Friday, 23 April 2010

The "Far Side of The Earth" by Patrick O'Brian

Patrick O'Brian's intrepid Captain Aubrey and his sidekick Dr. Stephen Maturin sail to the Pacific (the far side of the Earth) in pursuit of a dastardly American Frigate which is terrorising English whalers. Like all of O'Brian's Aubrey Maturin novels this is a great read and simply oozes with terrific historical detail of life in the British Navy during Napoleonic times.

I read a bunch of these type of books during my teens and this has enamoured me of the period all over again.

I do have one gripe about this particular book though:
[Big Spoiler ahead,  Highlight to read]
The whole book sets the reader up for an epic naval battle between Aubrey and the the American frigate but the longed for battle never actually happens. In fact not a single canon ball is fired in anger in the whole book!.
[End Spoiler]

Monday, 12 April 2010

Roma Eterna by Robert Silverberg

Robert Silverberg paints an alternate history in which the Roman Empire survives to this day. He sketches the last 2000 years of alternate history with a series of episodes each set in a critical time for the Empire.

I enjoyed this a lot, each of the mini-stories is stories is worth reading in its own right and they are well stitched together. If you read this looking for Roman themed entertainment with a twist you will not be disappointed. You will however be disappointed if you expect a serious attempt at alternate history. There are no great insights or intuitive leaps here. Instead of seriously trying to imagine what could have happened Silverberg has simply taken actual historical events as we know them and patched them into a Roman story. Events like the renaissance and the industrial revolution happen pretty much on schedule which is a bit unimaginative. If Europe had not collapsed in to the Dark ages after the fall of Rome would it really have taken that long  to discover the printing press?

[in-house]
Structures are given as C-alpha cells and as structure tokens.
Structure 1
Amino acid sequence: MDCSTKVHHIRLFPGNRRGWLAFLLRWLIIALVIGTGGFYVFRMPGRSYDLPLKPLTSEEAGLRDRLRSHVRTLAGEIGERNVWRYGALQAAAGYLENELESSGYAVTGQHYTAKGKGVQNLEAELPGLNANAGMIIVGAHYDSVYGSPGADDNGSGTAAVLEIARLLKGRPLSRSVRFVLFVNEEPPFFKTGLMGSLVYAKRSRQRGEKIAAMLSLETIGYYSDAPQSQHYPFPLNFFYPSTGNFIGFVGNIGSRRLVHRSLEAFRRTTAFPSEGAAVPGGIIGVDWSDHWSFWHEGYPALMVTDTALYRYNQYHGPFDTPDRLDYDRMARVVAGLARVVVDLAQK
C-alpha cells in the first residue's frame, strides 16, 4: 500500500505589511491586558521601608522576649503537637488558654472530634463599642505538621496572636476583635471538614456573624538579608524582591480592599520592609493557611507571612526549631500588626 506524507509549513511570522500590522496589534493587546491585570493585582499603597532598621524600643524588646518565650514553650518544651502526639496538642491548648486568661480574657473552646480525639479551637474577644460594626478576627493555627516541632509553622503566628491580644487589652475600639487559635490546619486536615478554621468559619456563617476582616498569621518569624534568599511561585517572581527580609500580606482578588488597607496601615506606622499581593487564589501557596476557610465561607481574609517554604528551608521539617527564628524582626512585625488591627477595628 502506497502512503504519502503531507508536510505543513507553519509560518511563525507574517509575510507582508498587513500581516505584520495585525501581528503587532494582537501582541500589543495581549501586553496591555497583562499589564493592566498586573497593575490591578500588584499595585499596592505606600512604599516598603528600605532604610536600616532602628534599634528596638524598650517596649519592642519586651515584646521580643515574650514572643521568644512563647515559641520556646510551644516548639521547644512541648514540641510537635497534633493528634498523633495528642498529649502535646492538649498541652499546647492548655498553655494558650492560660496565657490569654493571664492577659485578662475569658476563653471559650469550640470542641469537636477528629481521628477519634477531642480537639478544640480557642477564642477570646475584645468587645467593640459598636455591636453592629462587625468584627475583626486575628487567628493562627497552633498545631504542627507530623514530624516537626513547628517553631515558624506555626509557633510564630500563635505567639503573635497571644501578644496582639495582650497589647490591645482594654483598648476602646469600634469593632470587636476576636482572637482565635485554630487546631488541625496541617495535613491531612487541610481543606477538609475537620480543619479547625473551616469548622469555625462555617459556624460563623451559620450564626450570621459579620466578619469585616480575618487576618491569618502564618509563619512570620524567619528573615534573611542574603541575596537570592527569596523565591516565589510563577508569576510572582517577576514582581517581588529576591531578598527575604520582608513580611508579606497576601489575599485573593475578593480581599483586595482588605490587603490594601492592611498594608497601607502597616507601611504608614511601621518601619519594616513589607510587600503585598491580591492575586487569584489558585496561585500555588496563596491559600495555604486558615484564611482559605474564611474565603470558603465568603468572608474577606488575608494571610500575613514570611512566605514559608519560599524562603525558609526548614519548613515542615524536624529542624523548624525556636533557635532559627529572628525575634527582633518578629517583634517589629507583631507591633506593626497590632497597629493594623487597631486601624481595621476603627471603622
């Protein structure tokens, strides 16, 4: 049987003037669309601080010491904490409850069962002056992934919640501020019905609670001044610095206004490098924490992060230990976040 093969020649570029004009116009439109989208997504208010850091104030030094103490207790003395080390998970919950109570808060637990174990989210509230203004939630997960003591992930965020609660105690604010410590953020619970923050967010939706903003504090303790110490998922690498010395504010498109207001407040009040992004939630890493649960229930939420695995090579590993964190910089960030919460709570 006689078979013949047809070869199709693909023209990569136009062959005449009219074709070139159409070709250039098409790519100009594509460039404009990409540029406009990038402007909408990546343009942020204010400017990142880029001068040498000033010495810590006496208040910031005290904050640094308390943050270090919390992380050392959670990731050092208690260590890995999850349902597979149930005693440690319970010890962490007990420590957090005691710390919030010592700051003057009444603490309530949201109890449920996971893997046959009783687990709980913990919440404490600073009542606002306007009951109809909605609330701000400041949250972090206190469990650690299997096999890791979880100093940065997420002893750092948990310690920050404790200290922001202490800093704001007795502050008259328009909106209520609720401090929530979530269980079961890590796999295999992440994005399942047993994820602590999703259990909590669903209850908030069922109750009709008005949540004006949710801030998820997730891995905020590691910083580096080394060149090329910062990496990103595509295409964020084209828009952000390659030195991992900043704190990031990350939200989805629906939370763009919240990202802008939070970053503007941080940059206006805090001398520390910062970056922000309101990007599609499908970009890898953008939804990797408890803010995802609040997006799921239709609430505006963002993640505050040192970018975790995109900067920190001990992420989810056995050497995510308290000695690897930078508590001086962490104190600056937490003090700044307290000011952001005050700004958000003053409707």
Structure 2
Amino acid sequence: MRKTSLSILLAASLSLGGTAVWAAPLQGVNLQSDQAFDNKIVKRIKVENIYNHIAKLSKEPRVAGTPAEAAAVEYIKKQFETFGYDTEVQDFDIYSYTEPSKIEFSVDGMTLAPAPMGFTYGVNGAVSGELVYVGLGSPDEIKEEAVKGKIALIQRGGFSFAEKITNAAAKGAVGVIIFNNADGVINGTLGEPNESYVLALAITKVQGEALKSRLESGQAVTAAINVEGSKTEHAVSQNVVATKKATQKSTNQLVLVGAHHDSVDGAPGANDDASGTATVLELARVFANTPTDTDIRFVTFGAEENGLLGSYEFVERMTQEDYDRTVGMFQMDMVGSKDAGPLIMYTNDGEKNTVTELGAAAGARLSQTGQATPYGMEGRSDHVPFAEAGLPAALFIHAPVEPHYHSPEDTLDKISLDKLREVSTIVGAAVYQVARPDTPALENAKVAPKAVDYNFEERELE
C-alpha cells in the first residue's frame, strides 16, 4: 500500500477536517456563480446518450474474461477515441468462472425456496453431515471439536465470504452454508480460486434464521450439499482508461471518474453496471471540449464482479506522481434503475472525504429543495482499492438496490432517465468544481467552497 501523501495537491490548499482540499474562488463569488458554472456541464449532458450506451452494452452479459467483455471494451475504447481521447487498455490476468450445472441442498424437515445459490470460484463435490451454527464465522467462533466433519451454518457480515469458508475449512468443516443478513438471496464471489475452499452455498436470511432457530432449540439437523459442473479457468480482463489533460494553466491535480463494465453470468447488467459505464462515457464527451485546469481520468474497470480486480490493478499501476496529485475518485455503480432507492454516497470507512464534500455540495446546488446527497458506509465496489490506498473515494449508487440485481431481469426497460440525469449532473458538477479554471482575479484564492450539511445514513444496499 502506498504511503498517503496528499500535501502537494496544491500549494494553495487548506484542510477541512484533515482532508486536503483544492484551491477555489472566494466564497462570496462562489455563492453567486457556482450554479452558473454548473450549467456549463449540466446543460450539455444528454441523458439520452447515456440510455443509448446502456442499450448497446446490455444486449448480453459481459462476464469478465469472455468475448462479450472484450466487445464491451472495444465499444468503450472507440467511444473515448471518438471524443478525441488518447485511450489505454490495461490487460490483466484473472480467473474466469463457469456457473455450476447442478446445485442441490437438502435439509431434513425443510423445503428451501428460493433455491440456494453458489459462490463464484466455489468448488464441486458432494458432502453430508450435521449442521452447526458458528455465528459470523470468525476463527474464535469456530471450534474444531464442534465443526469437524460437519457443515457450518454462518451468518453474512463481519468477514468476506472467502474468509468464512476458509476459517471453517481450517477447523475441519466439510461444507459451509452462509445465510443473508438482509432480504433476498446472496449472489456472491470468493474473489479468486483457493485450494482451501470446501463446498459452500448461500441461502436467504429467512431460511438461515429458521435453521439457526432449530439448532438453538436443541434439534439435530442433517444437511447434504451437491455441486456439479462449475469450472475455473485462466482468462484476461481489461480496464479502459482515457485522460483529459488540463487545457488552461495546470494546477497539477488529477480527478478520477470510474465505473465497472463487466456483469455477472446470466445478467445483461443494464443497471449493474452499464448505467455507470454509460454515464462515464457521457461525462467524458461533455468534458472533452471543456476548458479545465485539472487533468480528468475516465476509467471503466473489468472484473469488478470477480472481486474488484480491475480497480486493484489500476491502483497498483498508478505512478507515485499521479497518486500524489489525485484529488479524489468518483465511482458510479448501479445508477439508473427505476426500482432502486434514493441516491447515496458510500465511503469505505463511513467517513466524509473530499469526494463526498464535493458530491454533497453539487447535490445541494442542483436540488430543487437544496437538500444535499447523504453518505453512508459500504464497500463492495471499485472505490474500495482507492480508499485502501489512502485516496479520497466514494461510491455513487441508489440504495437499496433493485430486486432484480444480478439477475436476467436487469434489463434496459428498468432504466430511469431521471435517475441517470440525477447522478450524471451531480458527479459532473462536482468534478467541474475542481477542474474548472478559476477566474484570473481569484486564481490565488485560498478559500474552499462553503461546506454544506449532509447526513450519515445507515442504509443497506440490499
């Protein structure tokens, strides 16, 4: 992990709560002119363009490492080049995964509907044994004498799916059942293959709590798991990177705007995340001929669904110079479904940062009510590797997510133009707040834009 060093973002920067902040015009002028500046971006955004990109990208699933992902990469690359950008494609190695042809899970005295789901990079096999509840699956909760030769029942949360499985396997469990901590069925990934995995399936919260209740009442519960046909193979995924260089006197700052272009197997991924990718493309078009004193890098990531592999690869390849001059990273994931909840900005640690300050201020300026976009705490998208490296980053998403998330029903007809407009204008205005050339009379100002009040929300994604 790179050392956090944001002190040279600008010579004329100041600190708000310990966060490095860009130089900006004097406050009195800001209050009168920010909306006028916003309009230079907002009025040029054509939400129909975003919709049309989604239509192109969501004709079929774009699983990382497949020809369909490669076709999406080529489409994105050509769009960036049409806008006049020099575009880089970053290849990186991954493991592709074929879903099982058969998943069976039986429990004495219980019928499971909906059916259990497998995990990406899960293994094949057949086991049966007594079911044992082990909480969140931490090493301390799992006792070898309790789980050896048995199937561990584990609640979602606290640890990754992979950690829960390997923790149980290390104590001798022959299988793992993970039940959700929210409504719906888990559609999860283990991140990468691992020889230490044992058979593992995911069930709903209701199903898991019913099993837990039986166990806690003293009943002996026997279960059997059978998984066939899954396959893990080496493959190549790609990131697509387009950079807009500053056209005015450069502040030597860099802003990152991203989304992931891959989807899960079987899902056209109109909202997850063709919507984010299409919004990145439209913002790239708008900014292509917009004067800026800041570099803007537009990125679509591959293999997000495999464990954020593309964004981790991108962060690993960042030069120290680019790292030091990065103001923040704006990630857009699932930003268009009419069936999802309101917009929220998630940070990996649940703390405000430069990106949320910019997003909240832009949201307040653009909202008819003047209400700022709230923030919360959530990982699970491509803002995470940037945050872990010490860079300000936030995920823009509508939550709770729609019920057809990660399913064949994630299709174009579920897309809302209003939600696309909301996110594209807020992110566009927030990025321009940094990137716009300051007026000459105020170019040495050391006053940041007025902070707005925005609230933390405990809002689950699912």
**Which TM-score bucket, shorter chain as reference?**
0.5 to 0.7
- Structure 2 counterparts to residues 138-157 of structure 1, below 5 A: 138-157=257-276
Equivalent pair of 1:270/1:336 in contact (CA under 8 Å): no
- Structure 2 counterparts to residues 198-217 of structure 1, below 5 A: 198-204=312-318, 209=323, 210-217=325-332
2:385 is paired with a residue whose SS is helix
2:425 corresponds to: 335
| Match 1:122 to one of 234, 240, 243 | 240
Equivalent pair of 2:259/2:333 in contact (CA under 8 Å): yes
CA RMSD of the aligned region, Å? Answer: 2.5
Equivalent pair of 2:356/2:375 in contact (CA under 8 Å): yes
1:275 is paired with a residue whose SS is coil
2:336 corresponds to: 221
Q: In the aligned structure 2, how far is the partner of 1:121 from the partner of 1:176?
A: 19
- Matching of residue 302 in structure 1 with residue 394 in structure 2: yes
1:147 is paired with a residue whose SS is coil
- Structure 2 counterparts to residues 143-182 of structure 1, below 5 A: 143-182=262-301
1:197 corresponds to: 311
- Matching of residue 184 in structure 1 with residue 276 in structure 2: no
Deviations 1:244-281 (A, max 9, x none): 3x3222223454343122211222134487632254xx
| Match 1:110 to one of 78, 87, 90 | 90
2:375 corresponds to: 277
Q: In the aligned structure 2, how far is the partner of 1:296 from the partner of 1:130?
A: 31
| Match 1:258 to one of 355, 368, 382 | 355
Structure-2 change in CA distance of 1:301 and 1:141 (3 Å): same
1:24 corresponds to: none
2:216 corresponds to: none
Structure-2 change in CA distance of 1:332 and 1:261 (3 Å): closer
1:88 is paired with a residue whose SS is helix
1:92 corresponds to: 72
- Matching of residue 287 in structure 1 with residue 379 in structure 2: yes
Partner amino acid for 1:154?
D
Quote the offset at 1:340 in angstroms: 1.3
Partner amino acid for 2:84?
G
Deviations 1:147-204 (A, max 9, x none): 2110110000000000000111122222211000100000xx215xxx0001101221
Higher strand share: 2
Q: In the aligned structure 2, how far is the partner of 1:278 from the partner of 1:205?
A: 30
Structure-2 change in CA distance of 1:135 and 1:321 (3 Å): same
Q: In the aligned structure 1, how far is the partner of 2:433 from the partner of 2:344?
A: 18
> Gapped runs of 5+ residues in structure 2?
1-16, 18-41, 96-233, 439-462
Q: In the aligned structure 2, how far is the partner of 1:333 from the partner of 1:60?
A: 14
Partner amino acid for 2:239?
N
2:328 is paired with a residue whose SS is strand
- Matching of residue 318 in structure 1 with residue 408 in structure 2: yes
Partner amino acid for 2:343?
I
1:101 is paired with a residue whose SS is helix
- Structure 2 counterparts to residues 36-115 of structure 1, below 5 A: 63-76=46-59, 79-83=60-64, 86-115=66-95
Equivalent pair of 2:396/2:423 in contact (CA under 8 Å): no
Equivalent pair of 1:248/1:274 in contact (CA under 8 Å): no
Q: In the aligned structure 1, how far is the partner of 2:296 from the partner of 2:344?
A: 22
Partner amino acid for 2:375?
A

Friday, 2 April 2010

Last Bus to Woodstock by Colin Dexter

I was 11 years old when this first Inspector Morse novel came out and I remember the follow TV series being very good and very popular. It came as a surprise to me then to discover how dated the novel seems today in particular in its attitudes to women and sexuality. The most jarring aspect to a modern reader is a pub conversation where a number of male academics express the belief that it is very unlikely a woman could be raped "against her will". This view is even re-iterated by Morse himself in deducing that the murder victim probably wasn't raped. Less offensive but equally anachronistic is the presence in the novel of a "sex maniac" character who makes weekly trips to an illicit  pornography dealer and papers his bedroom in dirty postcards. Once you accept that this is a novel from a different age the plot itself is clever enough - a young lady of dubious virtue is found murdered in the grounds of a pub and all of the key witnesses have their own reasons for not telling the truth. There are enough red herrings to hinder you from guessing the true identity of the murderer until the end. Just as in the TV series Morse's sidekick Lewis is a far more sympathetic character than the heavy drinking  Morse himself. You already begin to see how the interplay between the two men would become the bedrock of the successful book and TV spin offs.